A FULL OUTER JOIN is neither "left" nor "right"— it's both! It includes all the rows from both of the tables or result sets participating in the JOIN. When no matching rows exist for rows on the "left" side of the JOIN, you see Null values from the result set on the "right." Conversely, when no matching rows exist for rows on the "right" side of the JOIN, you see Null values from the result set on the "left."
Now that you've been working with JOINs for a while, the syntax for a FULL OUTER JOIN should be pretty obvious. You can study the syntax diagram for a FULL OUTER JOIN in Figure 9–13.
Figure 9–13 The syntax diagram for a FULL OUTER JOIN
To simplify things, we're now using the term table reference in place of a table name, a SELECT statement, or the result of another JOIN. Let's take another look at the problem we introduced at the end of the previous section. We can now solve it properly using a FULL OUTER JOIN.
"I need all the recipe types, and then all the recipe names and preparation instructions, and then any matching ingredient step numbers, ingredient quantities, and ingredient measurements, and finally all ingredient names from my recipes database, sorted in recipe title and step number sequence."
|Translation||Select the recipe class description, recipe title, preparation instructions, ingredient name, recipe sequence number, amount, and measurement description from the recipe classes table full outer joined with the recipes table on recipe class ID in the recipe classes table matches recipe class ID in the recipes table, then left outer joined with the recipe ingredients table on recipe ID in the recipes table matches recipe ID in the recipe ingredients table, then joined with the measurements table on measurement amount ID in the measurements table matches measurement amount ID in the recipe ingredients table, and then finally full outer joined with the ingredients table on ingredient ID in the ingredients table matches ingredient ID in the recipe ingredients table, order by recipe title and recipe sequence number|
full outer join
on recipe_classes .recipe class ID
= recipes .recipe class ID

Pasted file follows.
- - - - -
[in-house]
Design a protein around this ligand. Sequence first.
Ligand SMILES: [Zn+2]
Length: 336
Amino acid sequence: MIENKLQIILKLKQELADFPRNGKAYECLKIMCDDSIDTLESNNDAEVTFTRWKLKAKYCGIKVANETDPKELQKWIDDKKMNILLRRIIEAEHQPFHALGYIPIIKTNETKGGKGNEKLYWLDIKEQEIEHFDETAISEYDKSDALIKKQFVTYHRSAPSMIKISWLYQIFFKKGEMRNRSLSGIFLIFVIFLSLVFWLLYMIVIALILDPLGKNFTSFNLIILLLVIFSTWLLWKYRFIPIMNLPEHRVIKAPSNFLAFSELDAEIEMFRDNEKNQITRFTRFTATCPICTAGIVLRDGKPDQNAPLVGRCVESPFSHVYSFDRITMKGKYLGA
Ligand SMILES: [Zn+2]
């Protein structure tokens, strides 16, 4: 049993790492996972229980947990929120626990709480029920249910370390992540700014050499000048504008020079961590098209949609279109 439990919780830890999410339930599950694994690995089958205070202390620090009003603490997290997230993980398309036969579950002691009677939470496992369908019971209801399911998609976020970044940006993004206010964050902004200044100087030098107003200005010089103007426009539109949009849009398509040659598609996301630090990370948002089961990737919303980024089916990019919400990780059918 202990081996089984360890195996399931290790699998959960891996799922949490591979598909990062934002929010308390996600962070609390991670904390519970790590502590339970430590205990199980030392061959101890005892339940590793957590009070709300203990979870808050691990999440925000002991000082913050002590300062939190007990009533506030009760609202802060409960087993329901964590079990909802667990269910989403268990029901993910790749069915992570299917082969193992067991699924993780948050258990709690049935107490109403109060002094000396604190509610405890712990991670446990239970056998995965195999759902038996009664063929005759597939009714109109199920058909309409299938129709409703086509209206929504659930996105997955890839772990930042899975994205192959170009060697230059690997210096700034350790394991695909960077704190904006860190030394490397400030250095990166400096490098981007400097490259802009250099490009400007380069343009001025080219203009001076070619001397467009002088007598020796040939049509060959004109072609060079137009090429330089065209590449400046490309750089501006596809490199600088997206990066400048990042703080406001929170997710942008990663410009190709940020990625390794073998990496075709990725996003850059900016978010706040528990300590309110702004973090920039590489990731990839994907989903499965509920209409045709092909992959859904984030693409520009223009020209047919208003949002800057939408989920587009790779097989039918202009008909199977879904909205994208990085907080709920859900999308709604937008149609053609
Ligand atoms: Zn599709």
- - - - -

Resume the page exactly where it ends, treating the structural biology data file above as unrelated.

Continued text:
on recipes.recipe ID
= recipe_ingredients.recipe ID
on measurements.measurement amount ID
= recipe_ingredients.measurement amount ID
on ingredients.ingredient ID
= recipe_ingredients .ingredient ID
order by recipe title and recipe sequence number
The first and last JOINs now ask for all rows from both sides of the JOIN, so the problem with Nulls not matching is solved. You should now see not only recipe classes for which there are no recipes and recipes for which there are no ingredients but also ingredients that haven't been used in a recipe yet. You might get away with using a LEFT OUTER JOIN for the first JOIN, but because you can't predict in advance how your database system decides to nest the JOINs, you should ask for a FULL OUTER JOIN on both ends to ensure the right answer.
Note: As you might expect, database systems that do not support the SQL Standard syntax for LEFT OUTER JOIN or RIGHT OUTER JOIN also have a special syntax for FULL OUTER JOIN. You must consult your database documentation to learn the specific nonstandard syntax that your database requires to define the OUTER JOIN. For example, earlier versions of Microsoft SQL Server support the following syntax. (Notice the asterisks in the WHERE clause.)
Products that do not support any FULL OUTER JOIN syntax but do support LEFT or RIGHT OUTER JOIN yield an equivalent result by performing a UNION on a LEFT and RIGHT OUTER JOIN. We'll discuss UNION in more detail in the next chapter. Because the specific syntax for defining a FULL OUTER JOIN using the WHERE clause varies by product, you might have to learn several different syntaxes if you work with multiple nonstandard products.
FULL OUTER JOIN on Non-Key Values
Thus far, we have been discussing using OUTER JOINs to link tables or result sets on related key values. You can, however, solve some interesting problems by using an OUTER JOIN on non-key values. For example, the previous chapter showed how to find students and staff who have the same first name in the School Scheduling database. Suppose you're interested in listing all staff members and all students and showing the ones who have the same first name as well. You can do that with a FULL OUTER JOIN.
You are reading part 3 from "How to construct and use SQL OUTER JOINs optimally," excerpted from SQL Queries for Mere Mortals: A Hands-On Guide to Data Manipulation in SQL (2nd Edition), by John L. Viescas and Michael J. Hernandez, copyright 2007, printed with permission from Addison-Wesley Professional.
"Show me all the students and all the teachers and list together those who have the same first name."
|Translation||Select student full name and staff full name from the students table full outer joined with the staff table on first name in the students table matches first name in the staff table|
|Clean Up||Select student full name
full outer join
on students.first name
= staff.first name
No discussion of OUTER JOINs would be complete without at least an honorable mention to UNION JOIN. In the SQL Standard, a UNION JOIN is a FULL OUTER JOIN with the matching rows removed. Figure 9–14 shows the syntax.
Figure 9–14 The SQL syntax for a UNION JOIN
As you might expect, not many commercial implementations support a UNION JOIN. Quite frankly, we're hard pressed to think of a good reason why you would want to do a UNION JOIN.
TABLE OF CONTENTS
- Part 1: How to construct and use SQL OUTER JOINs optimally
- Part 2: How to use the LEFT vs. the RIGHT OUTER JOIN
- Part 3: Using the FULL OUTER JOIN in SQL
- Part 4: SQL OUTER JOIN sample uses
- Part 5: SQL OUTER JOIN sample statements for queries
This chapter excerpt from SQL Queries for Mere Mortals: A Hands-On Guide to Data Manipulation in SQL (2nd Edition) by John L. Viescas and Michael J. Hernandez, is printed with permission from Addison-Wesley Professional, Copyright 2007.